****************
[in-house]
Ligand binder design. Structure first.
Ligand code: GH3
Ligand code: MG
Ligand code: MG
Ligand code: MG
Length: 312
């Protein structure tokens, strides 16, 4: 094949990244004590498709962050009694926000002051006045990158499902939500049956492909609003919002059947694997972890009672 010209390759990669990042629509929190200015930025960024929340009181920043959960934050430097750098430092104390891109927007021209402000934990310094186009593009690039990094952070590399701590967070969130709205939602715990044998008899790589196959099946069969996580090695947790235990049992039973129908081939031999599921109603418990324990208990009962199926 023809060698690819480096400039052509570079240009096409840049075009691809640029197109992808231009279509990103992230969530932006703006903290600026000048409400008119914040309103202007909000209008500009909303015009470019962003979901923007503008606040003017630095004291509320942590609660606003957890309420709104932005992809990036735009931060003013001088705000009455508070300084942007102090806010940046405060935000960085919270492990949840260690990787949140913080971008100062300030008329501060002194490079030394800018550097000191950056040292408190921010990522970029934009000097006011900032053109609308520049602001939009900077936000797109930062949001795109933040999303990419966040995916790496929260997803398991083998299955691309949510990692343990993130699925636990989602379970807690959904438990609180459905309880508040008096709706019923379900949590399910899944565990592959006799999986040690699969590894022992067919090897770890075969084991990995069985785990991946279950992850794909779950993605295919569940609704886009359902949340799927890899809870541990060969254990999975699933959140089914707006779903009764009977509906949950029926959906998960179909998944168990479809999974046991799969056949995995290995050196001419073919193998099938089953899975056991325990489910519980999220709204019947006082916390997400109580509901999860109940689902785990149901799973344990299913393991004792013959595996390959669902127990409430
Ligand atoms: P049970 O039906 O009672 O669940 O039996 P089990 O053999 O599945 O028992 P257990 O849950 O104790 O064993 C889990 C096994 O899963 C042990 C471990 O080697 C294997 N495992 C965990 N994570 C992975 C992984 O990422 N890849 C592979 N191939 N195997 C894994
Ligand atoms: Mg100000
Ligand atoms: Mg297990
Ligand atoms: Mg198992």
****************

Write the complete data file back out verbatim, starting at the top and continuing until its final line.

[in-house]
Ligand binder design. Structure first.
Ligand code: GH3
Ligand code: MG
Ligand code: MG
Ligand code: MG
Length: 312
């Protein structure tokens, strides 16, 4: 094949990244004590498709962050009694926000002051006045990158499902939500049956492909609003919002059947694997972890009672 010209390759990669990042629509929190200015930025960024929340009181920043959960934050430097750098430092104390891109927007021209402000934990310094186009593009690039990094952070590399701590967070969130709205939602715990044998008899790589196959099946069969996580090695947790235990049992039973129908081939031999599921109603418990324990208990009962199926 023809060698690819480096400039052509570079240009096409840049075009691809640029197109992808231009279509990103992230969530932006703006903290600026000048409400008119914040309103202007909000209008500009909303015009470019962003979901923007503008606040003017630095004291509320942590609660606003957890309420709104932005992809990036735009931060003013001088705000009455508070300084942007102090806010940046405060935000960085919270492990949840260690990787949140913080971008100062300030008329501060002194490079030394800018550097000191950056040292408190921010990522970029934009000097006011900032053109609308520049602001939009900077936000797109930062949001795109933040999303990419966040995916790496929260997803398991083998299955691309949510990692343990993130699925636990989602379970807690959904438990609180459905309880508040008096709706019923379900949590399910899944565990592959006799999986040690699969590894022992067919090897770890075969084991990995069985785990991946279950992850794909779950993605295919569940609704886009359902949340799927890899809870541990060969254990999975699933959140089914707006779903009764009977509906949950029926959906998960179909998944168990479809999974046991799969056949995995290995050196001419073919193998099938089953899975056991325990489910519980999220709204019947006082916390997400109580509901999860109940689902785990149901799973344990299913393991004792013959595996390959669902127990409430
Ligand atoms: P049970 O039906 O009672 O669940 O039996 P089990 O053999 O599945 O028992 P257990 O849950 O104790 O064993 C889990 C096994 O899963 C042990 C471990 O080697 C294997 N495992 C965990 N994570 C992975 C992984 O990422 N890849 C592979 N191939 N195997 C894994
Ligand atoms: Mg100000
Ligand atoms: Mg297990
Ligand atoms: Mg198992």